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Adventure on the High Seas Aboard a Freighter

How to Travel by Cargo Ship Around the World

Cargo ship travel by Vancouver.
Travel through Vancouver by cargo ship.

Imagine for a moment that you are on the deck of a ship, sipping a glass of wine. You turn your head towards the water just in time to spot a pod of dolphins swimming by or flying fish, providing company in the ocean. After lingering in the sunshine for a while, it's time to head inside for a 3-course evening meal and a splash in the pool before retiring to bed.

Now, what kind of vessel are you on?

No, you are not on a standard commercial cruise ship. You are not on a packed luxury liner hopping between Caribbean islands. You are aboard a modern freighter. Hundreds of cargo ships, carrying everything from fire engines to apples, are crossing the world's oceans, and many are happy to take you along for the ride. Adventurous travelers, including the Transitions Abroad family, have been doing so for years, as have many long before us.

What Does Travel on a Cargo Ship Feel Like?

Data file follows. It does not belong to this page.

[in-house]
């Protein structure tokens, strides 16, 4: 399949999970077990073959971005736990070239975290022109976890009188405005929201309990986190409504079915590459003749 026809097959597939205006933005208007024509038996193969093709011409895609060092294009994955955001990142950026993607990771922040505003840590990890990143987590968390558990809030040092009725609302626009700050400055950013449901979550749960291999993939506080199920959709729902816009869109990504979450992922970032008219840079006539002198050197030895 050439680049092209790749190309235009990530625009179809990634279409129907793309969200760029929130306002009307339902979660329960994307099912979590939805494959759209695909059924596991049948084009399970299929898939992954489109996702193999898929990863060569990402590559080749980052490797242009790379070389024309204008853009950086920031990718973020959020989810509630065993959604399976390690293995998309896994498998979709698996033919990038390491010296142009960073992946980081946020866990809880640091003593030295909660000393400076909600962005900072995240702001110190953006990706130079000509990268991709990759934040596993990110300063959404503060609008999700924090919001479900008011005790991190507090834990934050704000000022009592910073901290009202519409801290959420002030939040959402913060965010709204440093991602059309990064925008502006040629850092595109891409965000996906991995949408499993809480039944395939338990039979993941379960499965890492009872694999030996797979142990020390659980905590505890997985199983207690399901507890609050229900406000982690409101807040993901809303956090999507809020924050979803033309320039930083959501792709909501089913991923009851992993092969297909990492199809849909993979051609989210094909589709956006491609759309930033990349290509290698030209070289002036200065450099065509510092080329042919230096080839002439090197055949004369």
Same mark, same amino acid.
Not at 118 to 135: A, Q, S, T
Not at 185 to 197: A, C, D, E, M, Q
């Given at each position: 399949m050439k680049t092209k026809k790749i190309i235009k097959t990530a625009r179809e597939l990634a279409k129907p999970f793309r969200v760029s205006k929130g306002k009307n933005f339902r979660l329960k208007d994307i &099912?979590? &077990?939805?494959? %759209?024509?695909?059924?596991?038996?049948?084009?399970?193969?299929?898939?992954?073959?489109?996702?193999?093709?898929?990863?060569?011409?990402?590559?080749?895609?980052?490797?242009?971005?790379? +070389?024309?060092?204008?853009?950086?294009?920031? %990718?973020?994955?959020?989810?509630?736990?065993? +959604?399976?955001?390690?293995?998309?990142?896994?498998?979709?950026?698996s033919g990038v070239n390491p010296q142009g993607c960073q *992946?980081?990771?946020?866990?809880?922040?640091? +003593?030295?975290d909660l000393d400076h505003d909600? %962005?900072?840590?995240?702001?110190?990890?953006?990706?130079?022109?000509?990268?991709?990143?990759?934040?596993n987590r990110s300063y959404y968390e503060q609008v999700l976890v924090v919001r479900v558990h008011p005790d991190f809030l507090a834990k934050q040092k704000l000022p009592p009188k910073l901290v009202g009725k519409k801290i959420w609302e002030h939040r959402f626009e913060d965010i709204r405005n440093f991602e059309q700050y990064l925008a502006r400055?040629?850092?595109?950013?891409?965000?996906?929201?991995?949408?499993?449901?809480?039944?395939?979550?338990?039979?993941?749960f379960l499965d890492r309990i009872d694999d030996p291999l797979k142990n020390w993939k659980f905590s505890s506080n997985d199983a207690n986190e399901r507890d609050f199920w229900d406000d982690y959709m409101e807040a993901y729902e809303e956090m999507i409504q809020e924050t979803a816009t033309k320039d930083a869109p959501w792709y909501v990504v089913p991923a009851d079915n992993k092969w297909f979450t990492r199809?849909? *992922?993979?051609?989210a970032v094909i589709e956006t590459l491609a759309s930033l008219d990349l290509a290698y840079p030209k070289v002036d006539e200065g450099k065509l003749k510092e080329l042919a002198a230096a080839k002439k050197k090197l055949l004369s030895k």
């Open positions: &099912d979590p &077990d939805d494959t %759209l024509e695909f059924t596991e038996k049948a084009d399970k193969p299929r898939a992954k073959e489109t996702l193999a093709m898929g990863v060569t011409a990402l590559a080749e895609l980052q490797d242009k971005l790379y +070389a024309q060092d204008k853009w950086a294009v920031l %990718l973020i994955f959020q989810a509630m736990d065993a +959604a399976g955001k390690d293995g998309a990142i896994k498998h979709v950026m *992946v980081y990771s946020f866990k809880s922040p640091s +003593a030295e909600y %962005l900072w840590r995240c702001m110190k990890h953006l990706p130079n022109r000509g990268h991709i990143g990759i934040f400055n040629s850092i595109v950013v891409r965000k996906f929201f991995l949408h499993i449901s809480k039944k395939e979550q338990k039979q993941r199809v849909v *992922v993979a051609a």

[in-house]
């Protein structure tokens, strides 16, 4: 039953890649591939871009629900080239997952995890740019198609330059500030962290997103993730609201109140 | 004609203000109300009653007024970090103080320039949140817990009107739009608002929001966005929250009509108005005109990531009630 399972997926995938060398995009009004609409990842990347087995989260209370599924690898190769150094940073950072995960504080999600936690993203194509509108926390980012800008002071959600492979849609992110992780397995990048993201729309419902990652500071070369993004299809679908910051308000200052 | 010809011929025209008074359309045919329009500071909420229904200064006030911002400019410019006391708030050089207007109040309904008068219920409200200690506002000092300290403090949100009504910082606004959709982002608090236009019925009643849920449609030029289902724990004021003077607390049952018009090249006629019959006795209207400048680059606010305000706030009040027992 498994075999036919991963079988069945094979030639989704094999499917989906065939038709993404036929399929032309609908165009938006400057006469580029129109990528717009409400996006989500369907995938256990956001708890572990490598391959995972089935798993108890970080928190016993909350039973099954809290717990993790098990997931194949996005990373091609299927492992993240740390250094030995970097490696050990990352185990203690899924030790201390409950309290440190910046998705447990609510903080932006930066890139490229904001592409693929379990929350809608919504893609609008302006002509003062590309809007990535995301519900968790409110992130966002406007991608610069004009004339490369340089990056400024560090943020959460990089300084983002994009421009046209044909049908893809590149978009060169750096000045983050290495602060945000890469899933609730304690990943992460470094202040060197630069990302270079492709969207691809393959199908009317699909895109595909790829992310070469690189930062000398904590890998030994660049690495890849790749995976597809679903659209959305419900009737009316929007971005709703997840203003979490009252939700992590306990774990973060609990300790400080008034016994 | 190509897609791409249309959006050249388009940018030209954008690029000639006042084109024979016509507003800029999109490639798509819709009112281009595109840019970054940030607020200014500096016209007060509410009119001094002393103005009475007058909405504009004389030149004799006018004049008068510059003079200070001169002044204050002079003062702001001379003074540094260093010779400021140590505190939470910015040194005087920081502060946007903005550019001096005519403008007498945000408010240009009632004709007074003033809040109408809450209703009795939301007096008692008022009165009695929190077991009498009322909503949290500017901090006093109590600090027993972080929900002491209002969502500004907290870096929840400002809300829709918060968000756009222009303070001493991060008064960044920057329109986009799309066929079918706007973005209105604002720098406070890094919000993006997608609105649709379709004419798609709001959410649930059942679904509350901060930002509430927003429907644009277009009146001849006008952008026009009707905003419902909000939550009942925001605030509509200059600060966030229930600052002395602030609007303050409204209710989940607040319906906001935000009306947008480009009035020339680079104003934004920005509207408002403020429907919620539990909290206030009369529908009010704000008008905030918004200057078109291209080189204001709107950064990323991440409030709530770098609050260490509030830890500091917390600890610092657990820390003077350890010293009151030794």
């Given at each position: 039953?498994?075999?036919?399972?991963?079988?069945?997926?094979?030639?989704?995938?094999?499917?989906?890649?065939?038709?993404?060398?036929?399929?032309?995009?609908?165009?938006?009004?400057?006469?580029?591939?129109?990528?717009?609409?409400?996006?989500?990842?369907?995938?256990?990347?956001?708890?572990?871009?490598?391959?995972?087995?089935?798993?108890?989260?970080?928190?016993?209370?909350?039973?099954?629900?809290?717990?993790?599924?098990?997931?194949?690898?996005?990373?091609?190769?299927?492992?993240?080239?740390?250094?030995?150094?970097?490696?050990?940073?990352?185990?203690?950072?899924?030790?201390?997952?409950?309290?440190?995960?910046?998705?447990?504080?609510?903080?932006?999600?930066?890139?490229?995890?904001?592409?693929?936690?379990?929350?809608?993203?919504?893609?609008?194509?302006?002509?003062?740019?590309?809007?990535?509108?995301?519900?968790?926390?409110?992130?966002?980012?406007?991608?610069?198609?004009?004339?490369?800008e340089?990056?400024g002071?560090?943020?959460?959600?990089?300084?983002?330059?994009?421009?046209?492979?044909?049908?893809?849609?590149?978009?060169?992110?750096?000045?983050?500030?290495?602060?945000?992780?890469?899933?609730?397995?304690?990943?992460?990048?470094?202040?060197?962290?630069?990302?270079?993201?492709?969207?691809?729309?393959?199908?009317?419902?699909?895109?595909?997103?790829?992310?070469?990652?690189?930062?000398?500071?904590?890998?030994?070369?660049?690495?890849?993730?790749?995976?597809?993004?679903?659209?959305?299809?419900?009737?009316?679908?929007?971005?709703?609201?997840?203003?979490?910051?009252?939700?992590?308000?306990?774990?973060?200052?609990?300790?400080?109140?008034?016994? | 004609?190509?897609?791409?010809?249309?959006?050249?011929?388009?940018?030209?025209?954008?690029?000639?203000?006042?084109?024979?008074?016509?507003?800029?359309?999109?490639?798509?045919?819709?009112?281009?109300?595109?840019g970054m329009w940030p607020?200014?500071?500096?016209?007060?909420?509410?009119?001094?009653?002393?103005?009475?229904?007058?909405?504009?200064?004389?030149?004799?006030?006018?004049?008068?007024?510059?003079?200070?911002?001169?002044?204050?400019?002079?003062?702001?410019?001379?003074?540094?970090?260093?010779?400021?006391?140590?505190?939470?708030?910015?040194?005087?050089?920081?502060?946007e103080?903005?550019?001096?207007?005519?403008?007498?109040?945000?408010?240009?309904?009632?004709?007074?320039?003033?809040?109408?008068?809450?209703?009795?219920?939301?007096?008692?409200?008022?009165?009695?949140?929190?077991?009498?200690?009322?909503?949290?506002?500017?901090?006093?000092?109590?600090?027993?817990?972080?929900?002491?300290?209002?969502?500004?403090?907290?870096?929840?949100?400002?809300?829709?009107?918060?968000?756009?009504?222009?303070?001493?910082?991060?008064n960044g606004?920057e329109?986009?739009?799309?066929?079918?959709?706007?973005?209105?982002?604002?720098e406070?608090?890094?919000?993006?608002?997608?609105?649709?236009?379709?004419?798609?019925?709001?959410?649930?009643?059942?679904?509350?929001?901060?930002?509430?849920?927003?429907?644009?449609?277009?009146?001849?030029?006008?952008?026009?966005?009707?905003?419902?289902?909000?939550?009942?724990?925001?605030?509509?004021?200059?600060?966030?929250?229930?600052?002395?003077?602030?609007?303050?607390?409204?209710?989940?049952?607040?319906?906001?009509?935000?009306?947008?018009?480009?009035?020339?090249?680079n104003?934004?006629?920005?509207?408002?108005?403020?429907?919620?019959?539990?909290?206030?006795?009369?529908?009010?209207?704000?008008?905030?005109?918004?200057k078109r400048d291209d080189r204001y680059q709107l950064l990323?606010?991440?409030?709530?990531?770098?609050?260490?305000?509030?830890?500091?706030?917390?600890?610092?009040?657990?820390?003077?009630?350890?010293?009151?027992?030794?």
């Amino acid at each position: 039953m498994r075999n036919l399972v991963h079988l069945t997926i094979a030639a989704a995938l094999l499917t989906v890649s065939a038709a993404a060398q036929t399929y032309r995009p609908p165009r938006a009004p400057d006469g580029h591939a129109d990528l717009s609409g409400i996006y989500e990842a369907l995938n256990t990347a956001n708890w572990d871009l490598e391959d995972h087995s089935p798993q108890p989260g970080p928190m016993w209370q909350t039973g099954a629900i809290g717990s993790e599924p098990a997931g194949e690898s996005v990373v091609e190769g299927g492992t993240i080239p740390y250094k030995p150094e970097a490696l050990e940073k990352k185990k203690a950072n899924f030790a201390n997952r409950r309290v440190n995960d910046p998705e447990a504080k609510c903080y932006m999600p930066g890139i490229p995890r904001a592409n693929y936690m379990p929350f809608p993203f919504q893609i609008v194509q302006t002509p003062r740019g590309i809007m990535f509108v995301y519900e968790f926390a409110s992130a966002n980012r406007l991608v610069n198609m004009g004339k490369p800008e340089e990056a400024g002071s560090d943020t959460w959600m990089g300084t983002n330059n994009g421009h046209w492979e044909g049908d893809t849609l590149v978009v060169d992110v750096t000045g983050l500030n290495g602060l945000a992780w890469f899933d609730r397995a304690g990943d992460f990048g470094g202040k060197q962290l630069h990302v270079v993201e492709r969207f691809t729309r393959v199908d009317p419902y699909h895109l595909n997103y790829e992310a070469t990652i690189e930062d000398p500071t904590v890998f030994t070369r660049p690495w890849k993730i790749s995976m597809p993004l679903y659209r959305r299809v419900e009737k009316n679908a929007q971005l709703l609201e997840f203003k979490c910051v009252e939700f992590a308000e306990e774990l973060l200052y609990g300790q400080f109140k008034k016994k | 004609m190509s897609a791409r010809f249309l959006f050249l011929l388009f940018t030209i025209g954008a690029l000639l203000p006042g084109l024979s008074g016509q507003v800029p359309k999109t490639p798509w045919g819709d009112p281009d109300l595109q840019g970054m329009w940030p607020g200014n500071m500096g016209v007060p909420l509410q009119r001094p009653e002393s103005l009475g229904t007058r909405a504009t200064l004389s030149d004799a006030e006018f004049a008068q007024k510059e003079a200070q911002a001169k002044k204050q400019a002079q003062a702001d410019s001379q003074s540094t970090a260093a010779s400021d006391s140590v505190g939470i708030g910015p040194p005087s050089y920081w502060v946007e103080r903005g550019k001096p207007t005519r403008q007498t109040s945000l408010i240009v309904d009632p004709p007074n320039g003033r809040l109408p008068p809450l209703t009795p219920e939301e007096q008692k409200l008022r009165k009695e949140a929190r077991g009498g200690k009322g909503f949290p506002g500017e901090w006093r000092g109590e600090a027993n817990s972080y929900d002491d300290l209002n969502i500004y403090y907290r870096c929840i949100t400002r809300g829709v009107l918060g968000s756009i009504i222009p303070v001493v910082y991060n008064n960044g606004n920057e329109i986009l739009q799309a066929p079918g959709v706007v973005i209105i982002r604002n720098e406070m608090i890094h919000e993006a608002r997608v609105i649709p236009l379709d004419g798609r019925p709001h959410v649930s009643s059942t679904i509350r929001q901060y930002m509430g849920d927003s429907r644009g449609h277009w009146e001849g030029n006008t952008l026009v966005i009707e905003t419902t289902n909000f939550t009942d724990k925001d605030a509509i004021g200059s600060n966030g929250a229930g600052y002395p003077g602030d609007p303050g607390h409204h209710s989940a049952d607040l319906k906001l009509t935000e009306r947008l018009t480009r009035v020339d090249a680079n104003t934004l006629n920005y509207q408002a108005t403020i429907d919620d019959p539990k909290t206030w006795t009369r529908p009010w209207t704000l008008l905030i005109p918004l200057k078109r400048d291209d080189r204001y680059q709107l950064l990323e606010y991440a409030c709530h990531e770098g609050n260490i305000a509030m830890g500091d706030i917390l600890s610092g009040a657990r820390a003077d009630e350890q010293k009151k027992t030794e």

A far more intimate and relaxed experience than you might imagine! The experience on board contrasts sharply with the rough and industrial outward appearance a container ship tends to project. You will be one of a handful of passengers among a crew likely to number up to a dozen or a few more. There will be no evening cabaret shows as on a standard cruise, though you may have access to TV, video, and board games in a common area on the ship where passengers may meet the crew. You may even play cards with the crew under the night skies. You might be invited to karaoke with the sailors, and you will almost always dine alongside the captain, who is far more likely to turn up in shorts and a t-shirt than in full uniform. Some cargo ships also offer equipped exercise rooms or pools.

Here was our first taste of the wonders of sea travel. Our introduction to freighter travel was a relatively short 5-day sailing between Australia and New Zealand. We joined the French ship CMA CGM Utrillo in the busy port of Melbourne, where our luggage — including two bicycles and bags — was quickly hauled on board and into a spacious cabin by a host of cheery Filipino deckhands.

What are the Costs of Cargo Ship Travel?